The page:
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NASA Technologists Advance Next-Generation 3D Imaging

Building, fixing, and refueling space-based assets or rendezvousing with a comet or asteroid will require a robotic vehicle and a super-precise, high-resolution 3D imaging lidar that generates the real-time images needed to guide the vehicle to a target traveling at thousands of miles per hour.A team of technologists at NASA’s Goddard Space Flight Center in Greenbelt, Maryland, is developing a next-generation 3D scanning lidar — dubbed the Goddard Reconfigurable Solid-state Scanning Lidar (GRSSLi) — that could provide the imagery required to execute these orbital dances.Equipped with a low-power, eye-safe laser, a micro-electro-mechanical scanner, and a single photodetector, GRSSLi will "paint" a scene with the scanning laser. Its detector will sense the reflected light to create a high-resolution 3-D image at kilometer distances — a significant increase in capability over current imaging lidars that are effective only at meter distances.Just as important, the instrument is equipped with onboard "vision" algorithms that interpret the three-dimensional image returned by the lidar. The softwar estimates location and attitude of a target relative to the lidar.SourceAlso: Learn about NASA's Asteroid Redirect Mission.

Posted in: News, Visualization Software, Lasers & Laser Systems, Photonics

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Light Bending Material Facilitates Search for New Particles

Particle physicists have a hard time identifying all the elementary particles created in their particle accelerators. But now researchers at Chalmers University of Technology have designed a material that makes it much easier to distinguish the particles.

Posted in: News, Solar Power, Optics, Photonics

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Scientists Find Novel Way to Improve Laser Performance

Energy loss in optical systems, such as lasers, is a chief hindrance to their performance and efficiency and it occurs on an ongoing, frustrating basis. To help laser systems overcome loss, operators often pump the system with an overabundance of photons, or light packets, to achieve optical gain. But now, scientists from the School of Engineering & Applied Science at Washington University in St. Louis have shown a new way to reverse or eliminate such loss by, ironically, adding loss to a laser system to actually reap energy gains. In other words, they've invented a way to win by losing.

Posted in: News, Fiber Optics, Lasers & Laser Systems, Optical Components, Optics, Photonics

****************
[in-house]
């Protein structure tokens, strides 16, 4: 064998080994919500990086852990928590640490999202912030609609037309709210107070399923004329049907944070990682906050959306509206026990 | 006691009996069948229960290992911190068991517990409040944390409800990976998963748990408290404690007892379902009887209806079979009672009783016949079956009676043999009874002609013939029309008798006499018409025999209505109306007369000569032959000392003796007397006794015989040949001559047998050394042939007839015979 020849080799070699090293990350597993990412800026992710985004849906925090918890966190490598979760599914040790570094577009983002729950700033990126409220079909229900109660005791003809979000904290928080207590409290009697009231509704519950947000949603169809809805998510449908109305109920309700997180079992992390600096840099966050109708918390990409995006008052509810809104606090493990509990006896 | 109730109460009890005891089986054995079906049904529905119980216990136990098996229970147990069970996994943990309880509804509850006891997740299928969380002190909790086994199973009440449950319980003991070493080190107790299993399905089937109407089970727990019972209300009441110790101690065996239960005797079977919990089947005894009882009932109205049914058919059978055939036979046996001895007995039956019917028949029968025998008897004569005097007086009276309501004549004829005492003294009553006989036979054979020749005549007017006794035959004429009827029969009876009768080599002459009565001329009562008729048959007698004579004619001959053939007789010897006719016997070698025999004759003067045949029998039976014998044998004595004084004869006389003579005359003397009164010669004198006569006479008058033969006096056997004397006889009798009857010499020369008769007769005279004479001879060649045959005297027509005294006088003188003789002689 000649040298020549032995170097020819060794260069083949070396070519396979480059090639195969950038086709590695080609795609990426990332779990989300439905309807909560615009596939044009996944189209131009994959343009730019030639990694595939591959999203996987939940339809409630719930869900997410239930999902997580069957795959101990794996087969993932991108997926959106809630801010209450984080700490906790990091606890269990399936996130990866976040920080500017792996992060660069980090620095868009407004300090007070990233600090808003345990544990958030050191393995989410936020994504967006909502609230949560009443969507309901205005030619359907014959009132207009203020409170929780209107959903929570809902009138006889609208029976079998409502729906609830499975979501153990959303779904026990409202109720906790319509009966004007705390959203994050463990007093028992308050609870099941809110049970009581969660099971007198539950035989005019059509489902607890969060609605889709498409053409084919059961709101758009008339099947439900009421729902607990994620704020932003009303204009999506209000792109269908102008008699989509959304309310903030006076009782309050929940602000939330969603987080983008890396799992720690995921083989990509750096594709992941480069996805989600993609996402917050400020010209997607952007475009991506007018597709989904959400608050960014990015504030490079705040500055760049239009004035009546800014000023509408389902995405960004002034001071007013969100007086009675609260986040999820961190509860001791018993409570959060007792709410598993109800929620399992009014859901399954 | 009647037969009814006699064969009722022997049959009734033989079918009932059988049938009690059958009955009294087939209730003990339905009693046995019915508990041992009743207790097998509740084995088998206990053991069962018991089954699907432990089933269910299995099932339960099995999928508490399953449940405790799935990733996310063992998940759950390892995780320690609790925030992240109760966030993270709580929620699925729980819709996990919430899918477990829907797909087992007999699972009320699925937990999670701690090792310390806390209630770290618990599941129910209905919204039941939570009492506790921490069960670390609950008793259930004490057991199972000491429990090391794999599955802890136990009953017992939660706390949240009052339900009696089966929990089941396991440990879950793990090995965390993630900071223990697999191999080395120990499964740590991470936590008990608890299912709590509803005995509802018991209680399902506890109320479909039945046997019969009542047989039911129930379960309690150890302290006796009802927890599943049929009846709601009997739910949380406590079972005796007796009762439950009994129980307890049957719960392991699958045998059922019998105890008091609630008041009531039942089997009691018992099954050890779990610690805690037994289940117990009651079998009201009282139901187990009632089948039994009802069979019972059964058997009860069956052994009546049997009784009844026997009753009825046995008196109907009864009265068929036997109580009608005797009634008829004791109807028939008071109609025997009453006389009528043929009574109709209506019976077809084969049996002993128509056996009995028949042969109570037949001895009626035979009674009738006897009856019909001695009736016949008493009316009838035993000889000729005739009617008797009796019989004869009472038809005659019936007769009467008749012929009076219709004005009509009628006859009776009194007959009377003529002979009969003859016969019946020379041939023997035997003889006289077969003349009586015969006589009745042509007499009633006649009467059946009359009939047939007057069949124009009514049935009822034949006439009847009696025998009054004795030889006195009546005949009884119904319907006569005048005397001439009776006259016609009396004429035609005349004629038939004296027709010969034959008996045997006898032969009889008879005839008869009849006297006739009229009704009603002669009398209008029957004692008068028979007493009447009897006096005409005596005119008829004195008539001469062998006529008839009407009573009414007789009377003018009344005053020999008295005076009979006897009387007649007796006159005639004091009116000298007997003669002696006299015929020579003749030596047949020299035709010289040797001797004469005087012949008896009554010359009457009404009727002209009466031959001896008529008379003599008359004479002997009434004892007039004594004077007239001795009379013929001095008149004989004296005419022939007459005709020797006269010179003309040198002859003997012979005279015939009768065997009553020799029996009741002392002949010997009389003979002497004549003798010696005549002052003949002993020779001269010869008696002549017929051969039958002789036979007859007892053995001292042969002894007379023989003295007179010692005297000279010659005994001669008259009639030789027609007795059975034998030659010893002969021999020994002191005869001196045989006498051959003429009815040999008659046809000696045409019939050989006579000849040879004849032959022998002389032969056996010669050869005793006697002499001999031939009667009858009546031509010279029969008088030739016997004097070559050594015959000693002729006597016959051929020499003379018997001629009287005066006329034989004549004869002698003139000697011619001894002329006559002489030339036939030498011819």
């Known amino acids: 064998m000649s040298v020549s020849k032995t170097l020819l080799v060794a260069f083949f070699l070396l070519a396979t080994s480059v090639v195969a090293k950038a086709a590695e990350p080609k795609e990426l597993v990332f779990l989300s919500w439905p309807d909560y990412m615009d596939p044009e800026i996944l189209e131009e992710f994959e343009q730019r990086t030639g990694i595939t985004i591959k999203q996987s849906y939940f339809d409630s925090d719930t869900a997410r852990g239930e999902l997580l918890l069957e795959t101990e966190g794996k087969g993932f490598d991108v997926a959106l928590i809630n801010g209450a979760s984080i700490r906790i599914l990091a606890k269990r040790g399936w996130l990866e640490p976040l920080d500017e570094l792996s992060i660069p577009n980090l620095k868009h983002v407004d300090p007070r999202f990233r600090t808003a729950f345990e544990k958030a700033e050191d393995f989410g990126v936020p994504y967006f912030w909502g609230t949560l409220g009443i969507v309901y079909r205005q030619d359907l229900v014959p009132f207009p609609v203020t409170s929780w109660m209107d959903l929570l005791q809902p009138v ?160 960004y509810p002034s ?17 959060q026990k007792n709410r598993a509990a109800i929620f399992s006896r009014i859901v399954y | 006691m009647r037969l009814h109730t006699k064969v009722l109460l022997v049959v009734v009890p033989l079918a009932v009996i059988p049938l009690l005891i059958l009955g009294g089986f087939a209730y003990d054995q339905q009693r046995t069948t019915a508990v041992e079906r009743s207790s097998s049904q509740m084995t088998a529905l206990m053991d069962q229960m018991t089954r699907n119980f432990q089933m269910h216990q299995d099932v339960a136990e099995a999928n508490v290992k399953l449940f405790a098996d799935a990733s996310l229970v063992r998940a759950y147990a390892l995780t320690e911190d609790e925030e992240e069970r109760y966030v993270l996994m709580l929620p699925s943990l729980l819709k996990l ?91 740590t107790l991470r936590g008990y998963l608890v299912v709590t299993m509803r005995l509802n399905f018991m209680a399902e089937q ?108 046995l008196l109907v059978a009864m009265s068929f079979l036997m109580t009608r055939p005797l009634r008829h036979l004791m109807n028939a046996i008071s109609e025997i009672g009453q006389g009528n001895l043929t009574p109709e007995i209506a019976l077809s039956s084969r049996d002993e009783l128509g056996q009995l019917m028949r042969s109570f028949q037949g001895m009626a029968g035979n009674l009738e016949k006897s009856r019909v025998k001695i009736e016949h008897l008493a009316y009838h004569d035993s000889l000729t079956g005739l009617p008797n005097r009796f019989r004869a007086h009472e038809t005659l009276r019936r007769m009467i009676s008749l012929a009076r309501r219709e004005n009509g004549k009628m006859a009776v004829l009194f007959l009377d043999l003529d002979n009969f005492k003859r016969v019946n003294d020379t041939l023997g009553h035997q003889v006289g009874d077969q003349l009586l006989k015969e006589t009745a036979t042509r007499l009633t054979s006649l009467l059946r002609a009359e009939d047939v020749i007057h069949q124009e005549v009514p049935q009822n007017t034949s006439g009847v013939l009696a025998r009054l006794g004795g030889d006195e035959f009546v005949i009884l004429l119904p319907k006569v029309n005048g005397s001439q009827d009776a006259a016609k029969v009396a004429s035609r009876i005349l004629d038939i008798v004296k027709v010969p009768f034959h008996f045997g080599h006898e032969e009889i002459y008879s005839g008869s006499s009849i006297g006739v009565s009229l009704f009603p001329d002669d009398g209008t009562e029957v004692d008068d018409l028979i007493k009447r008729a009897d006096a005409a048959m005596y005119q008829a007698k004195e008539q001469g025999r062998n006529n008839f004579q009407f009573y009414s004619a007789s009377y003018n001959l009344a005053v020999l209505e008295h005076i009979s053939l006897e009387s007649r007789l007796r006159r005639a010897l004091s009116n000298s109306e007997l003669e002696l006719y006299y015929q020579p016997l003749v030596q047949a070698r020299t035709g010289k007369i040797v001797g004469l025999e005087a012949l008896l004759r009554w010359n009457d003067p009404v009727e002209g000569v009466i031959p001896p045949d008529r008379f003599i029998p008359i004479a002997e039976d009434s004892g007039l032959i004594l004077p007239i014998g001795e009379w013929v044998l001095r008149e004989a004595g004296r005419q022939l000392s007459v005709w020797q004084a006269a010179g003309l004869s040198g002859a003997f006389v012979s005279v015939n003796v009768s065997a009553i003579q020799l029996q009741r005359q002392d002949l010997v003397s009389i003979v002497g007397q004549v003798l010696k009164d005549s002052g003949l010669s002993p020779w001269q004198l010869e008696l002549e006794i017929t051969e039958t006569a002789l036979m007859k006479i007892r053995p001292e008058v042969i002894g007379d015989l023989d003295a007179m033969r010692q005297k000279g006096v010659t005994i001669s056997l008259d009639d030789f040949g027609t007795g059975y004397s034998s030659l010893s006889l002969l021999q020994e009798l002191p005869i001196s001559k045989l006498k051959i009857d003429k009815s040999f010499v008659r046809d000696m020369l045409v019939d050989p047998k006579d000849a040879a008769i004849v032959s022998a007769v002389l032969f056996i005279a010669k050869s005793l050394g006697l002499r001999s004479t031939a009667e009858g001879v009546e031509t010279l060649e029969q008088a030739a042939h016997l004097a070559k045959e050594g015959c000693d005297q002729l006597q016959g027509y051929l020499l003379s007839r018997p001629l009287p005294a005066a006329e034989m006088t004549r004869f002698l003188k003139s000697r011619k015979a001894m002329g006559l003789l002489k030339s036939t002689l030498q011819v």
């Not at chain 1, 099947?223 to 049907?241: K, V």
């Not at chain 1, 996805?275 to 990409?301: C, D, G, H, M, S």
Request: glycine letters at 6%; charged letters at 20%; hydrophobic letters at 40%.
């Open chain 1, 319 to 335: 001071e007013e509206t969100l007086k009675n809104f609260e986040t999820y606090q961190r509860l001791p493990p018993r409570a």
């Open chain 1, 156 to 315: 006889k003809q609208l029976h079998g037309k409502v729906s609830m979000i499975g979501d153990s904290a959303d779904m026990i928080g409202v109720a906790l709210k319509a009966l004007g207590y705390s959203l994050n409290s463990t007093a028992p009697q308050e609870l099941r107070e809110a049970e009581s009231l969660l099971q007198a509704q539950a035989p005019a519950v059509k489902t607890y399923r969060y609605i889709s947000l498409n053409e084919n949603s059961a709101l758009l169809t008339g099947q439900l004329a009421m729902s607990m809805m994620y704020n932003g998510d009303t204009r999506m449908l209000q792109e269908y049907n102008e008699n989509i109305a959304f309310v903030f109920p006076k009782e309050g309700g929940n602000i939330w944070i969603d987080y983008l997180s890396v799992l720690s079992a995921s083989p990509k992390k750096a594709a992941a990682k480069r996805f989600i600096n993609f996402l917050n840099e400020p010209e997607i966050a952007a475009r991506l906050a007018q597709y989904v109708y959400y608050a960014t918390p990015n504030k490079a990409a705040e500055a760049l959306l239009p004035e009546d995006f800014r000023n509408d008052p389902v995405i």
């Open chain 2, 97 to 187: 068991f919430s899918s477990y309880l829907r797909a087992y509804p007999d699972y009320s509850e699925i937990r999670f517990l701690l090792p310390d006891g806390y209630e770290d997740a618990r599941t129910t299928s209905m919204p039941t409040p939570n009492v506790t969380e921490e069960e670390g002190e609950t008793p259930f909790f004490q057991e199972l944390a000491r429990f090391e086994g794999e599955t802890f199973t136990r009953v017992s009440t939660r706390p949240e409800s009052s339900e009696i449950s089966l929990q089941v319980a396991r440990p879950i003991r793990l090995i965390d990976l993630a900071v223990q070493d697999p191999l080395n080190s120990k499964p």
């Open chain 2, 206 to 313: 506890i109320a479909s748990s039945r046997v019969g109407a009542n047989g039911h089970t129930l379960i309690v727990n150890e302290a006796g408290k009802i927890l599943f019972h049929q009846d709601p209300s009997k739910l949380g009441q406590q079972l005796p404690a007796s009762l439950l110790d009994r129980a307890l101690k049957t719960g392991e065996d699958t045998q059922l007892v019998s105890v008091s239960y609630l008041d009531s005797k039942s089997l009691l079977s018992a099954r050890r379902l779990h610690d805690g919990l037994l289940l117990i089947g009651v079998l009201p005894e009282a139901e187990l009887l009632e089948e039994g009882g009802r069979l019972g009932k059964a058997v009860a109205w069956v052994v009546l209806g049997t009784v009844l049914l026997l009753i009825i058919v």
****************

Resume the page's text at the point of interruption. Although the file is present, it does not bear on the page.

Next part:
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Industry Roundtable: Imaging Technology

Few technologies have impacted the scientific community – and non-scientific community for that matter – as much as digital imaging technology. From exotic, high-speed imaging systems to rugged machine vision systems to a vast array of sophisticated consumer devices, digital cameras are everywhere these days, documenting every aspect of this world we live and work in. Photonics Tech Briefs recently spoke with executives from four well-known imaging companies to get their perspectives on where imaging technology is today, and where it is going in the future.

Posted in: Articles, Features, Photonics

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Ruggedized Displays Improve Automotive Safety

Navigation and entertainment screens in cars are becoming ever-larger and, in some cases, the central control point for drivers and passengers. Many manufacturers consider using glass to cover the displays. It gives the same pleasing surface feel and high-quality look that users of tablets and smartphones have come to expect. However, glass also bears the additional risk that in the event of a crash it may splinter and injure the occupants.

Posted in: Application Briefs, Applications, Photonics

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Product of the Month: Laser Illumination System

Specialised Imaging (Herts., UK), working in conjunction with Cavitar (Tampere, Finland), has announced the SI LUX640 laser illumination system, designed to improve the accuracy and sensitivity of high-speed video, ultra-high-speed framing cameras, Schleiren imaging, and Shadowgraph systems.

Posted in: Products, Products, Photonics

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>60 W Ultraviolet (UV) Laser

Spectra-Physics®, (Santa Clara, CA), a Newport company, recently introduced Quasar 355-60, a UV laser that offers a groundbreaking >60 W with high >300 μJ pulse energies. Featuring TimeShiftTM technology for programmable pulse parameters, the laser delivers dramatic advances of 33 percent in power and pulse energies, 3.5x in maximum repetition rate (0 to 3.5 MHz), and 2.5x in minimum pulse widths (100 ns) over the >45 W Quasar 355-45. The new Quasar 355-60 transforms microelectronic device manufacturing, enabling major advances in both throughput and precision.

Posted in: Products, Products, Photonics

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